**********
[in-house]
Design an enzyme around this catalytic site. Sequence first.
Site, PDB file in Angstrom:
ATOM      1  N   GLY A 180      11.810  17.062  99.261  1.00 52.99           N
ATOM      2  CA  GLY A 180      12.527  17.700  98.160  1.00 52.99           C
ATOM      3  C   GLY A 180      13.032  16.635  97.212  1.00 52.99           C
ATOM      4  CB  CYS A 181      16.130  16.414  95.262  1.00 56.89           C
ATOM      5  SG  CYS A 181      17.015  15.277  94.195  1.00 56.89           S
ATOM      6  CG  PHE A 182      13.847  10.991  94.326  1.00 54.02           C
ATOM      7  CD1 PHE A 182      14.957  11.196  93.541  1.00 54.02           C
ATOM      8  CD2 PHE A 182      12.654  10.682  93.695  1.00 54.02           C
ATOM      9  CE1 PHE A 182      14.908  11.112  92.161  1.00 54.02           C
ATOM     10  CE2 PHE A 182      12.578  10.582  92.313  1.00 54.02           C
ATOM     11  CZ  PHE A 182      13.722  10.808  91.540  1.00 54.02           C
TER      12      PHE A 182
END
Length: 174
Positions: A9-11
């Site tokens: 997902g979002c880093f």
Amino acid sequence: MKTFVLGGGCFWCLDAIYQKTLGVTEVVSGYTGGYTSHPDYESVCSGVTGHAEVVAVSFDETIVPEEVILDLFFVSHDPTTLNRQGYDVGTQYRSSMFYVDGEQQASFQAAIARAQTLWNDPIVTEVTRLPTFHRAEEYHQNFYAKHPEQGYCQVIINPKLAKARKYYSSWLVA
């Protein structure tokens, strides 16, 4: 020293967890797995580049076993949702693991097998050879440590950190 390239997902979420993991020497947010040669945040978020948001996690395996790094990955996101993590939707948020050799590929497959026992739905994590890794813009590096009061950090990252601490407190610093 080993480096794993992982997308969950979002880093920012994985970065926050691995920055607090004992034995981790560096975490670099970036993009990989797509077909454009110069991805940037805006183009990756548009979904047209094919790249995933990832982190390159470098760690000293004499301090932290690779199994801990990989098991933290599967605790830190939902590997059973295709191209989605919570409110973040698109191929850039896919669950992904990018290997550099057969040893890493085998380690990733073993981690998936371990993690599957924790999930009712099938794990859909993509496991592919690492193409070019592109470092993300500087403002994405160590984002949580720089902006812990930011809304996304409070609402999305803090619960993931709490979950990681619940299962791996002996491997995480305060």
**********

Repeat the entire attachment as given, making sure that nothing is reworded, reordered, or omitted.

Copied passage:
[in-house]
Design an enzyme around this catalytic site. Sequence first.
Site, PDB file in Angstrom:
ATOM      1  N   GLY A 180      11.810  17.062  99.261  1.00 52.99           N
ATOM      2  CA  GLY A 180      12.527  17.700  98.160  1.00 52.99           C
ATOM      3  C   GLY A 180      13.032  16.635  97.212  1.00 52.99           C
ATOM      4  CB  CYS A 181      16.130  16.414  95.262  1.00 56.89           C
ATOM      5  SG  CYS A 181      17.015  15.277  94.195  1.00 56.89           S
ATOM      6  CG  PHE A 182      13.847  10.991  94.326  1.00 54.02           C
ATOM      7  CD1 PHE A 182      14.957  11.196  93.541  1.00 54.02           C
ATOM      8  CD2 PHE A 182      12.654  10.682  93.695  1.00 54.02           C
ATOM      9  CE1 PHE A 182      14.908  11.112  92.161  1.00 54.02           C
ATOM     10  CE2 PHE A 182      12.578  10.582  92.313  1.00 54.02           C
ATOM     11  CZ  PHE A 182      13.722  10.808  91.540  1.00 54.02           C
TER      12      PHE A 182
END
Length: 174
Positions: A9-11
């Site tokens: 997902g979002c880093f």
Amino acid sequence: MKTFVLGGGCFWCLDAIYQKTLGVTEVVSGYTGGYTSHPDYESVCSGVTGHAEVVAVSFDETIVPEEVILDLFFVSHDPTTLNRQGYDVGTQYRSSMFYVDGEQQASFQAAIARAQTLWNDPIVTEVTRLPTFHRAEEYHQNFYAKHPEQGYCQVIINPKLAKARKYYSSWLVA
């Protein structure tokens, strides 16, 4: 020293967890797995580049076993949702693991097998050879440590950190 390239997902979420993991020497947010040669945040978020948001996690395996790094990955996101993590939707948020050799590929497959026992739905994590890794813009590096009061950090990252601490407190610093 080993480096794993992982997308969950979002880093920012994985970065926050691995920055607090004992034995981790560096975490670099970036993009990989797509077909454009110069991805940037805006183009990756548009979904047209094919790249995933990832982190390159470098760690000293004499301090932290690779199994801990990989098991933290599967605790830190939902590997059973295709191209989605919570409110973040698109191929850039896919669950992904990018290997550099057969040893890493085998380690990733073993981690998936371990993690599957924790999930009712099938794990859909993509496991592919690492193409070019592109470092993300500087403002994405160590984002949580720089902006812990930011809304996304409070609402999305803090619960993931709490979950990681619940299962791996002996491997995480305060």